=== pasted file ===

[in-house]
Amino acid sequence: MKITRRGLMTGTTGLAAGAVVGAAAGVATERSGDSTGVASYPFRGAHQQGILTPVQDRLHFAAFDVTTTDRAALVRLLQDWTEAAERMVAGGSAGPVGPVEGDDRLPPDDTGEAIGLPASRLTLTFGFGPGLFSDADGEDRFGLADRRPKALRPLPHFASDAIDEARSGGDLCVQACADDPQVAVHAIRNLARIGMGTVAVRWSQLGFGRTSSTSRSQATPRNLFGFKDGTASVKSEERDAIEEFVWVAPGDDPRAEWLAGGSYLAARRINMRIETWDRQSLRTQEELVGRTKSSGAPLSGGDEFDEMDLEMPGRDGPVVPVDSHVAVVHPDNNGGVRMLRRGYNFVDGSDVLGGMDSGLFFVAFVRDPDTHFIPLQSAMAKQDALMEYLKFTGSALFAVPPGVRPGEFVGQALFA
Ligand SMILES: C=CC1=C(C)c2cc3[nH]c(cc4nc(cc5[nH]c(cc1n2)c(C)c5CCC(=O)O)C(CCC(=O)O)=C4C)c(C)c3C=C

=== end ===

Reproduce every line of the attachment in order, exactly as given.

[in-house]
Amino acid sequence: MKITRRGLMTGTTGLAAGAVVGAAAGVATERSGDSTGVASYPFRGAHQQGILTPVQDRLHFAAFDVTTTDRAALVRLLQDWTEAAERMVAGGSAGPVGPVEGDDRLPPDDTGEAIGLPASRLTLTFGFGPGLFSDADGEDRFGLADRRPKALRPLPHFASDAIDEARSGGDLCVQACADDPQVAVHAIRNLARIGMGTVAVRWSQLGFGRTSSTSRSQATPRNLFGFKDGTASVKSEERDAIEEFVWVAPGDDPRAEWLAGGSYLAARRINMRIETWDRQSLRTQEELVGRTKSSGAPLSGGDEFDEMDLEMPGRDGPVVPVDSHVAVVHPDNNGGVRMLRRGYNFVDGSDVLGGMDSGLFFVAFVRDPDTHFIPLQSAMAKQDALMEYLKFTGSALFAVPPGVRPGEFVGQALFA
Ligand SMILES: C=CC1=C(C)c2cc3[nH]c(cc4nc(cc5[nH]c(cc1n2)c(C)c5CCC(=O)O)C(CCC(=O)O)=C4C)c(C)c3C=C